Liu was en route in matching Jacskon’s dominance, if not for a tragic Achilles injury which slowed him down. Since his withdrawal from the 2008 Olympics, Liu has been but a shadow of his old self, finishing far from the medals at the 2010 Doha World Indoor Championships. Nevertheless, the former world record holder’s curriculum vitae remains impressive. In 2002, Liu broke the legendary Renaldo Nehemiah’s World Junior Record, stopping the clock at 13.12s in Lausanne. A year later, he barged into the top three of the Paris World Championships. By 2008, Liu Xiang is the world record holder and the reigning Asian, World Indoor, World and Olympic Champion.
Liu Xiang’s 2004 Athens Olympic Gold
In the IAAF’s all-time top list for the 110m high hurdles, the ageless Jackson’s had 27 performances to Liu’s 16. Both athletes have had five Sub-13 clockings each. In this category, however, Liu is the better hurdler pound-per-pound, in light of the shorter span of time it took him to achieve the aforesaid hurdling milestone. Both are former world record holders. However, Jackson had more success competing indoors than Liu. Liu’s 60m hurdles PB of 7.42s is a far cry from Jackson’s world record. This is unsurprising considering Liu’s penchant for come-from-behind victories. Liu almost always isn’t the fastest starter in the field – but he does get the job done come the finish line. In a sense, Colin Jackson’s faster indoor time is a testament to his better flat-out speed.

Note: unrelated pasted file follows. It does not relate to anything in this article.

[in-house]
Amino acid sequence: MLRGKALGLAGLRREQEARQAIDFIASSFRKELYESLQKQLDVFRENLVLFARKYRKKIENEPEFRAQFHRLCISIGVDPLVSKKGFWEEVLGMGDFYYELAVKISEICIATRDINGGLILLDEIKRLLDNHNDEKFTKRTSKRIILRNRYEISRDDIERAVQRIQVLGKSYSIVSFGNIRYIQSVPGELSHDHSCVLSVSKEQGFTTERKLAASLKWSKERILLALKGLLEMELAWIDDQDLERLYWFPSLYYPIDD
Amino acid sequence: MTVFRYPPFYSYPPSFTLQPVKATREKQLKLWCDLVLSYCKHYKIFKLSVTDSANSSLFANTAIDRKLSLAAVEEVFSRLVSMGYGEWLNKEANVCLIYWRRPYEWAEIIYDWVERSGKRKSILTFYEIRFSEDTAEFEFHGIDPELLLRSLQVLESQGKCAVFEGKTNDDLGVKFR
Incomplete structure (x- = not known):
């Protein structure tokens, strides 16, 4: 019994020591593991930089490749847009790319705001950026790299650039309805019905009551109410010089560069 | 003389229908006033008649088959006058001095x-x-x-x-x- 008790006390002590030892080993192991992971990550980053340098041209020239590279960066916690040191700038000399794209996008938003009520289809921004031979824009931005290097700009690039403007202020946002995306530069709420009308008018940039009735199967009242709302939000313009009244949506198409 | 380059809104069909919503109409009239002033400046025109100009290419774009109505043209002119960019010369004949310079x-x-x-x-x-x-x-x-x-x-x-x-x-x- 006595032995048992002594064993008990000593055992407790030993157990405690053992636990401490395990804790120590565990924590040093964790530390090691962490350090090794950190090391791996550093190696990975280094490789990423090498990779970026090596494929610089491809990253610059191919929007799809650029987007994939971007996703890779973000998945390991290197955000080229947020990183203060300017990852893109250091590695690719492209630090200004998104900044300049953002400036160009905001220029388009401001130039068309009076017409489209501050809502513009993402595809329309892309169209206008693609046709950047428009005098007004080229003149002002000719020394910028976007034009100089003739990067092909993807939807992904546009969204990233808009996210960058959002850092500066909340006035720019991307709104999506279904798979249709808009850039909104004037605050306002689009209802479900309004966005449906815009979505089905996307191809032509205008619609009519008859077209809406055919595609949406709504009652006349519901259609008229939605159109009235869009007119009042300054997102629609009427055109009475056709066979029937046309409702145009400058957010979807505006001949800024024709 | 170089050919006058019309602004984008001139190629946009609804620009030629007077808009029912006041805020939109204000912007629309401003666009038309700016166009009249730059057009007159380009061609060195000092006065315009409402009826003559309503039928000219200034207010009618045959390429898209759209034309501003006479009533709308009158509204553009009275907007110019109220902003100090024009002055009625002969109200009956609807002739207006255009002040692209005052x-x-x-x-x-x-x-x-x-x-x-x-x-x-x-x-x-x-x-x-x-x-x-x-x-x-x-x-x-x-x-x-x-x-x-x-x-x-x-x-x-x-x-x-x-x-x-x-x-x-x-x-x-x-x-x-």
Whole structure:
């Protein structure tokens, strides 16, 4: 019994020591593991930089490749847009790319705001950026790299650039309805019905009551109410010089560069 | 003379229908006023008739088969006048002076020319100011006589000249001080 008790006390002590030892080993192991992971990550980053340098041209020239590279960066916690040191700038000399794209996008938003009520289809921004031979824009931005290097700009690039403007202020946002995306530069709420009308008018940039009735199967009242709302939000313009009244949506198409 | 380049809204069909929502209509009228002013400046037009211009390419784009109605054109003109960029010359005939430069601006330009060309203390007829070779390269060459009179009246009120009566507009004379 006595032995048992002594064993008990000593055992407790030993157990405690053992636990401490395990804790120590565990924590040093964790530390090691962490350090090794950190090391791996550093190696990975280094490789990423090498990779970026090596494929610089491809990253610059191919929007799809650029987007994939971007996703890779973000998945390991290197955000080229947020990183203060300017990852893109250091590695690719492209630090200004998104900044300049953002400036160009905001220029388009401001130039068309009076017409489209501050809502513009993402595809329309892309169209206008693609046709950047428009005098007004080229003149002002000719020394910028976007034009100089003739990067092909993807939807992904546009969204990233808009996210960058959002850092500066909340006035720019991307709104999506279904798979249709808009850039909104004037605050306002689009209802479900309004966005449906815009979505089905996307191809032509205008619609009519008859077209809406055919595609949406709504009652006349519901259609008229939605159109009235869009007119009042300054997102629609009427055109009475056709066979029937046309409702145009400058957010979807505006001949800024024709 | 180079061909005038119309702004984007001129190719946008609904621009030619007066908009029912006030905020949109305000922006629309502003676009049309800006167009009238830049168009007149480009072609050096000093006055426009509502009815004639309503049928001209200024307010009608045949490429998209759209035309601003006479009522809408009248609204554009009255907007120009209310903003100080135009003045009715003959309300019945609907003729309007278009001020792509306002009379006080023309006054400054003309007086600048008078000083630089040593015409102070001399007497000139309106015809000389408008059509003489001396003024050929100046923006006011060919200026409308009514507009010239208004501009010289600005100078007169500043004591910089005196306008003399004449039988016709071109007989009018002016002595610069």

Colin Jackson’s 12.91s world record (Stuttgart, 1993)
Liu Xiang’s 12.88s world record (Lausanne, 2006)
But then again, the two athletes lived in two vastly different eras. Each athlete have different circumstances, that a mere objective look into best times doesn’t merit a judicious verdict!
Being one of the fastest sprint hurdlers of all-time quite necessarily merits an efficient hurdling technique. Liu and Jackson are the epitome of the ideal sprint hurdler. Looking closely at clips of their races, one is hard-pressed to find any flaws at all. Both observe a short-long-short stride pattern. They both time their leans perfectly before each hurdle clearance. Liu and Jackson both lead with their respective knees. Their lead leg action isn’t too high or excessive, as their lead legs skim at just about the right height above the 1.067m high barriers. Both Liu and Jackson square their lead legs in the proper angle, with the trail foot parallel with the hurdle crossbar. Moreover, none of the exhibit flailing lead arms or trail arms.